Fatal water rescue ‘flawed’
A coroner’s inquest into the death of search-and-rescue worker Sheliah Sweatman, who was killed when she was pulled underwater by a cable during a submerged vehicle recovery last year, heard the team shouldn’t have been on the swift waters in the first place.
The first day of the inquest Monday heard testimony from Nigel Corduff, leader of a team of WorkSafeBC investigators, telling the jury the Creston, B.C., rescue operation was “flawed” from its planning and hazard assessment.
The team used a steel cable from a tow truck — an unconventional method for swift water rescuers who usually use rope that can be cut — in attempt to pull the vehicle out.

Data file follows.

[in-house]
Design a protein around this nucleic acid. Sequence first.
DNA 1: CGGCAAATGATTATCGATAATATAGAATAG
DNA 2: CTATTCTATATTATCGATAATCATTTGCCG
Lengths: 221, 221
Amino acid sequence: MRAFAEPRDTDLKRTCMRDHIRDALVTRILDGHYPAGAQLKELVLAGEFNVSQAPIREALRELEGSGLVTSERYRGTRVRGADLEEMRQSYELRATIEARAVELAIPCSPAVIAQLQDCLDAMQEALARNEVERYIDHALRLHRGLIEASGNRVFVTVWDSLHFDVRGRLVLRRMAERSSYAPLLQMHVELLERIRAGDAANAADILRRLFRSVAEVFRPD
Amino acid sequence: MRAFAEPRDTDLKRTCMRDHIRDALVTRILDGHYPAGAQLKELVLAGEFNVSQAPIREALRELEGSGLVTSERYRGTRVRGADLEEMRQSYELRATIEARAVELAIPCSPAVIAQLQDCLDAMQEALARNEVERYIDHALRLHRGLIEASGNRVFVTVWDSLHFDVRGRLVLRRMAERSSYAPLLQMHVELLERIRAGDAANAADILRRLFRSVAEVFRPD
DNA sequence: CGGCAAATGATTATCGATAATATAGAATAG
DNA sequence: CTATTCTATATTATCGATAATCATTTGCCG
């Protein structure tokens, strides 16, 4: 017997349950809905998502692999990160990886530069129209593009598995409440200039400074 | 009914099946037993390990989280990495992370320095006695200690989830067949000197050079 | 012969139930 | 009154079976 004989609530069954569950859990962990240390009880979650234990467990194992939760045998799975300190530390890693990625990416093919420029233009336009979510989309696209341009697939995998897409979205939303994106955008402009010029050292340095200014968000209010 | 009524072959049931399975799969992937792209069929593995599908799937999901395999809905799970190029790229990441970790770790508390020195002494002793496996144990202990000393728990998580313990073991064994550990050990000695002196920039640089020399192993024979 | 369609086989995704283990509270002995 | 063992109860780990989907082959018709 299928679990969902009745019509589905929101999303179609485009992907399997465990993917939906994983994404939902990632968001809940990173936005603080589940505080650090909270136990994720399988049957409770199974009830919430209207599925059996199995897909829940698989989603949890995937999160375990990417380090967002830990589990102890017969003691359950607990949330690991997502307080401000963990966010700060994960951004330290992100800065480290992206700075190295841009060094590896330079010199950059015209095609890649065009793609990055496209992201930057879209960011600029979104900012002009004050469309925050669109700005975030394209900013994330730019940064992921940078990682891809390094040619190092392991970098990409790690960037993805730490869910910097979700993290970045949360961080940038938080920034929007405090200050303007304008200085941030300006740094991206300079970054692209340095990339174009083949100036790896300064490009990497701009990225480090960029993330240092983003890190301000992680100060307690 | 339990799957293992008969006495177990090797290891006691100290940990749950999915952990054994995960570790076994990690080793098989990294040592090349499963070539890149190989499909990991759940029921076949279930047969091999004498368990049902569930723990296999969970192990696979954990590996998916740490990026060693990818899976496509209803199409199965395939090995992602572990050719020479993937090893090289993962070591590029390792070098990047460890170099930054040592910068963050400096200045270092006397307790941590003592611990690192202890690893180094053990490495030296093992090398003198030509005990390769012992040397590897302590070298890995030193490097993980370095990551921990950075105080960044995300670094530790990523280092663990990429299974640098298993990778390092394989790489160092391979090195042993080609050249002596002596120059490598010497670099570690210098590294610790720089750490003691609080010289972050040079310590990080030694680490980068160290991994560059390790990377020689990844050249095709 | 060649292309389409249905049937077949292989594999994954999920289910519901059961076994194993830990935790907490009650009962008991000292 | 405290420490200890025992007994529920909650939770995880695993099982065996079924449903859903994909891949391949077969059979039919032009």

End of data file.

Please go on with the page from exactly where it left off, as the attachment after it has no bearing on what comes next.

That cable slipped and ended up wrapping around Sweatman’s leg, dragging her under.
Coroner’s service spokeswoman Barbara McLintock said the vehicle had been in the water for at least 10 days when the team arrived. There was little, if any, chance of survivors.
Furthermore, the rapids were scheduled to subside, being the end of spring, several days after the 29-year-old was pulled under on June 29, 2011.
The inquest, scheduled until Nov. 23, is held to find recommendations to prevent similar future deaths.